Review: Bloody Streets
“Top-down zombie killer” is probably one of the lowest bars to clear for game development. You need a player character that moves and shoots, enemies that approach in large, slow groups, and enough space to kite the whole mess of them around. Bloody Streets ticks all of those boxes and doesn’t really find any new ones to shoot for. If that’s enough for your, great, but the whole time I was playing I kept thinking about how much more could be done with the formula.
You play some military dude on his way to clear out a host of the infected in some part of a ruined city. Something happens to his helicopter, and… You know what? I don’t even remember this part and I watched it an hour ago. You’re a shootman, you shoot deadmans. Holding out through three waves is enough for another copter to come pick your guy up and deposit him in the next hive of the undead, on and on and on. I think there are four general areas, themed around industry or farms or other places that really should not be thronging with the walking dead.
This one’s pure keyboard/mouse, allowing you full range of movement and freedom to shoot in any direction. That’ll come in handy because each wave of enemies surges out of the very walls of the level, without any clear points of entry and virtually no warning. Starting out you’ll just have slow zombies and the occasional fast one, but a few levels in your foes will branch out into large zombies, exploding zombies, spitting spiders, and swarming maggots. Every few levels you’ll unlock a new weapon to level against the hordes, everything from revolvers to miniguns, but really only the high-capacity guns are any use since you have to scramble about for ammo whilst blazing away.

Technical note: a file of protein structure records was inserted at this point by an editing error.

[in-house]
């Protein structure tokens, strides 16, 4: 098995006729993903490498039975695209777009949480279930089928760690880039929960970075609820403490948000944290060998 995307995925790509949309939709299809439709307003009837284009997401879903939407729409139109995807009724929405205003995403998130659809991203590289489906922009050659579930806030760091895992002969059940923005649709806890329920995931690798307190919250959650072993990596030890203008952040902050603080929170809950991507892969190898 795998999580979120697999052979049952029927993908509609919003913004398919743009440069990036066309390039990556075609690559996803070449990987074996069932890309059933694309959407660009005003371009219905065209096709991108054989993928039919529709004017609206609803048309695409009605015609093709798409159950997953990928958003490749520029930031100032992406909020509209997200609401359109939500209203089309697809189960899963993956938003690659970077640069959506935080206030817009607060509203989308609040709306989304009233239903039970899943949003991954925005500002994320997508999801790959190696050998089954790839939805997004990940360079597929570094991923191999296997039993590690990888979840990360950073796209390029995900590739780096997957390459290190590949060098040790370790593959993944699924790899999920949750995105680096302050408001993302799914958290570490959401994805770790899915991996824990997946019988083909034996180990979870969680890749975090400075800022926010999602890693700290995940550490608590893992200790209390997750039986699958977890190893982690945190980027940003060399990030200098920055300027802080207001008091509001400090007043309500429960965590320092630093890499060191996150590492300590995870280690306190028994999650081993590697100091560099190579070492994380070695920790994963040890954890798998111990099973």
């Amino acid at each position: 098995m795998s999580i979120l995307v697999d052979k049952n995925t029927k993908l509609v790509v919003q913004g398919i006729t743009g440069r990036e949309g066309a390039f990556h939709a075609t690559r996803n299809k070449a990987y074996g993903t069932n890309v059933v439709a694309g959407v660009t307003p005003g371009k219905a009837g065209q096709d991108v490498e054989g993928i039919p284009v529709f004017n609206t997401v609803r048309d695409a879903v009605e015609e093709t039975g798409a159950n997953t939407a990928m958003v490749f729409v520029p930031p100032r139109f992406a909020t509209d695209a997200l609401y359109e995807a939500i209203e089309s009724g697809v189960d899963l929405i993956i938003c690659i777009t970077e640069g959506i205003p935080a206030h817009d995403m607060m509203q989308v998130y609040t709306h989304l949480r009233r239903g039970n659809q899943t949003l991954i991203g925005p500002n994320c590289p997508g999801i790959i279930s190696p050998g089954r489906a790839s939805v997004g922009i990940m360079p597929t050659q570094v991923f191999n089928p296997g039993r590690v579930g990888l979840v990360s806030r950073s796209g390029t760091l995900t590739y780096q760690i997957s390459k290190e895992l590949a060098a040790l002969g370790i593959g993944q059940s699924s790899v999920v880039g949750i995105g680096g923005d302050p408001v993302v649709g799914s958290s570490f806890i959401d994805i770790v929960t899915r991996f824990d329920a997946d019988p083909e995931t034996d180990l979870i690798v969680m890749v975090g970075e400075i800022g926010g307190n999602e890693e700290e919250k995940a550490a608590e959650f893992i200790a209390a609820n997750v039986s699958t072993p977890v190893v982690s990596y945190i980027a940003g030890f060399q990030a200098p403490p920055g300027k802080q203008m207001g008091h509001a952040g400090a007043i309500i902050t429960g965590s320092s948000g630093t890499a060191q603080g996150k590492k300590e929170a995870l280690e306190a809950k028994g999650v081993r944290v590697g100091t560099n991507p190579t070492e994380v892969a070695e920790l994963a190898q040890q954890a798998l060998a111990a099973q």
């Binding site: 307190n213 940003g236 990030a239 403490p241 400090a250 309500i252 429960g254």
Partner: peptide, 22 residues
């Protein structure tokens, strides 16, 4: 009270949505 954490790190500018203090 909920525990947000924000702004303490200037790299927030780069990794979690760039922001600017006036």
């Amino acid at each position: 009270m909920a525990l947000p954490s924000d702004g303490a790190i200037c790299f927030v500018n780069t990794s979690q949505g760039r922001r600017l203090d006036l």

The only other features I can highlight are the environmental hazards like exploding barrels and speeding trains, and the rage ability you get by collecting orbs off of enemies and activate to become invulnerable and splatter things that touch you. That’s pretty much everything you need for a baseline zombie arena shooter, from enemies to weapons to basic special powers, and that also describes Bloody Streets to a T. There are no upgrades, no collectibles, no currency, no secrets, no branching paths, absolutely nothing beyond the most basic necessities to call your game a zombie shooter.
Graphically the game is just as functional as its design, and the sound effects have some pretty robust samples to enhance your reloading experience in particular. You get around 20 levels of action that really just change up the enemy compositions and environmental hazards, and that’s it. I’d say that’ll last you around two hours tops, so if all you’re asking is the baseline zombie-killing experience you’ll find it right here. I can’t really thumb down a game that does what it’s supposed to do in a competent way, but I can certainly point out there are plenty of games that do it better.